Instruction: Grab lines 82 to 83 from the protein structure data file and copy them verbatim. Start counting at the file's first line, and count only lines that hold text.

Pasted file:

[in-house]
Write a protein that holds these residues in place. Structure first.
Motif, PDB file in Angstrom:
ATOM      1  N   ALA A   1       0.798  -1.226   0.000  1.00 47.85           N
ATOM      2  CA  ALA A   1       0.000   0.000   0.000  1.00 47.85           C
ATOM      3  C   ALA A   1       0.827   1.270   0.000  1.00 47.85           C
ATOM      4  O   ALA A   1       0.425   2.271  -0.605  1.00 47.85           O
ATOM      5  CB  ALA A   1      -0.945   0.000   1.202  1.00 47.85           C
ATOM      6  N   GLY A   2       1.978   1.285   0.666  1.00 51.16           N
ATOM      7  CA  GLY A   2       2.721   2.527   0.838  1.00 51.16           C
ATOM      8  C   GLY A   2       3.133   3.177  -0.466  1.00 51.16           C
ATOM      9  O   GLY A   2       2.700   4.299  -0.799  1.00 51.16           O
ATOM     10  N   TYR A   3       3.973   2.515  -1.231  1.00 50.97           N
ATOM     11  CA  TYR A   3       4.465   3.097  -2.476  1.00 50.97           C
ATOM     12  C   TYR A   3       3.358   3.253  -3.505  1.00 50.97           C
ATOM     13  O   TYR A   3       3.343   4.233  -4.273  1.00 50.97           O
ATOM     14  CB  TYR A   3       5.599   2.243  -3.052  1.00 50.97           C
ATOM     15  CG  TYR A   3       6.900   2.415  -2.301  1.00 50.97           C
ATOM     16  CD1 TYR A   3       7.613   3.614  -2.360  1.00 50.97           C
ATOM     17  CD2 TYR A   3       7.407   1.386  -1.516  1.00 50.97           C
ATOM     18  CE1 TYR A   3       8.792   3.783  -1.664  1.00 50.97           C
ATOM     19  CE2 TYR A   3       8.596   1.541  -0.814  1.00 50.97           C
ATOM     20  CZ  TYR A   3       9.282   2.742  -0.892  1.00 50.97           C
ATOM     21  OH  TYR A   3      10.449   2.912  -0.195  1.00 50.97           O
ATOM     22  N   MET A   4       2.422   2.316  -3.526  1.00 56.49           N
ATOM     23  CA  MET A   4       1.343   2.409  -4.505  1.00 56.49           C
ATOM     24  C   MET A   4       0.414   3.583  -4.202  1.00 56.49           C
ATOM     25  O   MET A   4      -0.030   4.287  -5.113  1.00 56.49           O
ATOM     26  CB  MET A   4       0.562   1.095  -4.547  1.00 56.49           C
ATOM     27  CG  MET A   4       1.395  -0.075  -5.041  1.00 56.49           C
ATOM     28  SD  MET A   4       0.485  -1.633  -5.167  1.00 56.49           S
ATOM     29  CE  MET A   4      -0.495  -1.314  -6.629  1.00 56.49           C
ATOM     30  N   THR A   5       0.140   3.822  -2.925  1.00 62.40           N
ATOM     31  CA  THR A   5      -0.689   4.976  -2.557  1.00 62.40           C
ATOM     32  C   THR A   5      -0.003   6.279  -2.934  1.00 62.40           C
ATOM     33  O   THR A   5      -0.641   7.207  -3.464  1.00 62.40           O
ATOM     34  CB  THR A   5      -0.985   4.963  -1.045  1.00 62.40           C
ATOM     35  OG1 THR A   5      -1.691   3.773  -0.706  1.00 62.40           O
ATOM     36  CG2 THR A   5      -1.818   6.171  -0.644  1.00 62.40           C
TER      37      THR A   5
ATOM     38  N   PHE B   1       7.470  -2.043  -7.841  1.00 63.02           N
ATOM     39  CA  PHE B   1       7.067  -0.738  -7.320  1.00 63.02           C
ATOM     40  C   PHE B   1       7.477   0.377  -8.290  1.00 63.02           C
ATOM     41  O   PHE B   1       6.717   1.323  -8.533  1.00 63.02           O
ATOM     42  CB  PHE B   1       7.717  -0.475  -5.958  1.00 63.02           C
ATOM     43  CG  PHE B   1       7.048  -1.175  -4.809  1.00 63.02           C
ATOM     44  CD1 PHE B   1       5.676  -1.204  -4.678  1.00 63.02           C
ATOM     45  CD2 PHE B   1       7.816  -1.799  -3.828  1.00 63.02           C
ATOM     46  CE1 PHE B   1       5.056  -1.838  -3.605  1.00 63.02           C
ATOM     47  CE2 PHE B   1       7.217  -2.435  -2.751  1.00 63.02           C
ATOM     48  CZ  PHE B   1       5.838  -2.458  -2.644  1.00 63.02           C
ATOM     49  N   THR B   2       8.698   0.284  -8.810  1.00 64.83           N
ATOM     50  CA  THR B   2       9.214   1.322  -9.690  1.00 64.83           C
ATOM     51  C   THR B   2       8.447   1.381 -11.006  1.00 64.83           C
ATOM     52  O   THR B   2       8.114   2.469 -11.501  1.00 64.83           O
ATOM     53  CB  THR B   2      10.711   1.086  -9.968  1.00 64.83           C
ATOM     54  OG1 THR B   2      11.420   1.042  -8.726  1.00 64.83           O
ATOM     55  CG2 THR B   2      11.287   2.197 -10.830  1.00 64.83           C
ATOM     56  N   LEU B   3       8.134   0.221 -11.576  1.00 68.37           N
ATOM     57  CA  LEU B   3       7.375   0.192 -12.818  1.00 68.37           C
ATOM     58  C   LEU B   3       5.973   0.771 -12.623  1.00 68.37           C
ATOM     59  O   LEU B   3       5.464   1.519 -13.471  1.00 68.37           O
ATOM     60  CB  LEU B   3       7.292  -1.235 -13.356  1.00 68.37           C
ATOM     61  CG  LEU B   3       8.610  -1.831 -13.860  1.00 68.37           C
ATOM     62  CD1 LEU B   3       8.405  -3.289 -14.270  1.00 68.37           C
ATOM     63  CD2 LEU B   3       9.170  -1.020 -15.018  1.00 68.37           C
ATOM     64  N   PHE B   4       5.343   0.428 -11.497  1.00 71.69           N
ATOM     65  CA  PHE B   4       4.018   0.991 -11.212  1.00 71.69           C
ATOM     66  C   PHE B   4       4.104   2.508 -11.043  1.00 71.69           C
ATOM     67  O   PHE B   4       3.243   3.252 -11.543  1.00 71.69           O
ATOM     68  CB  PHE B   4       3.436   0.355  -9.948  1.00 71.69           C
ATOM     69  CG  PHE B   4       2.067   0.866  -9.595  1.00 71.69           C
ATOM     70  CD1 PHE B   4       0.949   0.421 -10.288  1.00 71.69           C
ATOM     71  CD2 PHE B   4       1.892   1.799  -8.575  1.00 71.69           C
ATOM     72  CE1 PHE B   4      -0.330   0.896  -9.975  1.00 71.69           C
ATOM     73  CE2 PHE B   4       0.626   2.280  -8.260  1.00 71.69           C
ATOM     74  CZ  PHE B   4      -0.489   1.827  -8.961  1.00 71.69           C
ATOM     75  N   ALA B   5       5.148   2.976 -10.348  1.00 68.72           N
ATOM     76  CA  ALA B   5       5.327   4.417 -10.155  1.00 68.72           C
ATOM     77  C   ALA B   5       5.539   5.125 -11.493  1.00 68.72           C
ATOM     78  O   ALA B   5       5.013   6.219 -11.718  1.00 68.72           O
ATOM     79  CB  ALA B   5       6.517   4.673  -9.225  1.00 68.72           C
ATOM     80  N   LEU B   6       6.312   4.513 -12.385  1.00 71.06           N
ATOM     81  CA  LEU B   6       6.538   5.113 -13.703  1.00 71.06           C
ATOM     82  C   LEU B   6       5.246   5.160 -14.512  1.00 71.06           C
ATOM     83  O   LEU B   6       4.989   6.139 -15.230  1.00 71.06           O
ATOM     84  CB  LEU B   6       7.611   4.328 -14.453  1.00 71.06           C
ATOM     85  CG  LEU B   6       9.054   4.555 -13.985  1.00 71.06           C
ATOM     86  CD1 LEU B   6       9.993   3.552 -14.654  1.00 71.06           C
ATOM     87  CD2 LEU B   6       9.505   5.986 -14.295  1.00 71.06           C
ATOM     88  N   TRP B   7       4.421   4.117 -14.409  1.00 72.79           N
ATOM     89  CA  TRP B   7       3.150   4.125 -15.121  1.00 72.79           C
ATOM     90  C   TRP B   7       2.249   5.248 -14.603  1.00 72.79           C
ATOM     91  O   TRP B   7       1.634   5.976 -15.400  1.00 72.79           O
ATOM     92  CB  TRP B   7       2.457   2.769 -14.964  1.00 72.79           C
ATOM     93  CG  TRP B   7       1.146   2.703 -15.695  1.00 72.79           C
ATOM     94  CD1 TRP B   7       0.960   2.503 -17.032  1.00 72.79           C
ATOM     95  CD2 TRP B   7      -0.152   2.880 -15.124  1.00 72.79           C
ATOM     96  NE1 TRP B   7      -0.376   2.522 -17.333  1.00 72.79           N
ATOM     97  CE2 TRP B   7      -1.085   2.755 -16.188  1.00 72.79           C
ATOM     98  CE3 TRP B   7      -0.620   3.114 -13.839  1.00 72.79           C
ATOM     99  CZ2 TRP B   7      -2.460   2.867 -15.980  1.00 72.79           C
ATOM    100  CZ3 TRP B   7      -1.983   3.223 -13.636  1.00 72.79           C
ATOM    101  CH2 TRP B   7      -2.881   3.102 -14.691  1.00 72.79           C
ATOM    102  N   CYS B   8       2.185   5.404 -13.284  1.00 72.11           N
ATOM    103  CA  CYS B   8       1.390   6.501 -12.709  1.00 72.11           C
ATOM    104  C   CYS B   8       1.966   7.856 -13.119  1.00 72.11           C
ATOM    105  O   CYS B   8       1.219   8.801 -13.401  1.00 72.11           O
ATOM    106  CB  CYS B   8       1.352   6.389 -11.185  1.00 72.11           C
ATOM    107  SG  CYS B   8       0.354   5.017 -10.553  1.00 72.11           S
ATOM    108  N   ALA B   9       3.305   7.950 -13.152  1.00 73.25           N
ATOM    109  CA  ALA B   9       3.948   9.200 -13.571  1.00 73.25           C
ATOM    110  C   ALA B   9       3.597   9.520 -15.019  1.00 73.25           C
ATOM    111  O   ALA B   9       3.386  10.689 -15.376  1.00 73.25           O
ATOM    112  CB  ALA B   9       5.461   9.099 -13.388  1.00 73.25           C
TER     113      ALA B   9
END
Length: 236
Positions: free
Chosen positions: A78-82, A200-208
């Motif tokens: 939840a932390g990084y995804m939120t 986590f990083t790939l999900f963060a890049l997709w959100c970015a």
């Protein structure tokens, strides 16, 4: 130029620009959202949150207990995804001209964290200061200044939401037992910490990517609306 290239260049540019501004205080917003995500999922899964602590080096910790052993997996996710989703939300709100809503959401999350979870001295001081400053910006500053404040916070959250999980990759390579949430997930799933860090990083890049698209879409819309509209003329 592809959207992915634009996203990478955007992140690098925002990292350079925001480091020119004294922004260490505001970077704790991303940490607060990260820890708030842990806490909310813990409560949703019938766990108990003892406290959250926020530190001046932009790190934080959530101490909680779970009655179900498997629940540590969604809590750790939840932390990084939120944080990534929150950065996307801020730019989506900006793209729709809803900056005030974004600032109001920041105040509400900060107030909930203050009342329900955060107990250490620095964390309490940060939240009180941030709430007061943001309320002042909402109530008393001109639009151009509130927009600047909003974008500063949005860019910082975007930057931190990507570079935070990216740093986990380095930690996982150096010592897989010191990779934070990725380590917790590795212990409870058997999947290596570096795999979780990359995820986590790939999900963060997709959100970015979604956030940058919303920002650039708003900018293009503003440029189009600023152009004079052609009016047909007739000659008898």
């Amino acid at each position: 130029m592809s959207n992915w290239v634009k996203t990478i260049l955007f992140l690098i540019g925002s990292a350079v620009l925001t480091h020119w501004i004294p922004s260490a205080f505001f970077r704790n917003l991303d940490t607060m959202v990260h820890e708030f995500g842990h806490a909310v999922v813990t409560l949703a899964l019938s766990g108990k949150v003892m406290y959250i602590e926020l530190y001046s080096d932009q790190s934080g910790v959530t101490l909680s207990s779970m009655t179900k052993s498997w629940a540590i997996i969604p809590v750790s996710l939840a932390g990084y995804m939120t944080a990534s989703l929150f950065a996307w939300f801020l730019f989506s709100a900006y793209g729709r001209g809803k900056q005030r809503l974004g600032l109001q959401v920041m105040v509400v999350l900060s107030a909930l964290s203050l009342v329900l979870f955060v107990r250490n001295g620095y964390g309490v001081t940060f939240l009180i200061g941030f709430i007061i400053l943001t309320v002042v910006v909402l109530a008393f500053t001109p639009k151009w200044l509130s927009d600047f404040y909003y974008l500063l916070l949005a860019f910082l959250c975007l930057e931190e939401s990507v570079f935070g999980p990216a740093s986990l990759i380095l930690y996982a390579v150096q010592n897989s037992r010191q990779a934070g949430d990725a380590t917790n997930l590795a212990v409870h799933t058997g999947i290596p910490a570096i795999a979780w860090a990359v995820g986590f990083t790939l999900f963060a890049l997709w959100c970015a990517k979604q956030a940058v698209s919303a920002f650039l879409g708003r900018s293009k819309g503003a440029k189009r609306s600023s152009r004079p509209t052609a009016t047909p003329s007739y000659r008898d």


ATOM     79  CB  ALA B   5       6.517   4.673  -9.225  1.00 68.72           C
ATOM     80  N   LEU B   6       6.312   4.513 -12.385  1.00 71.06           N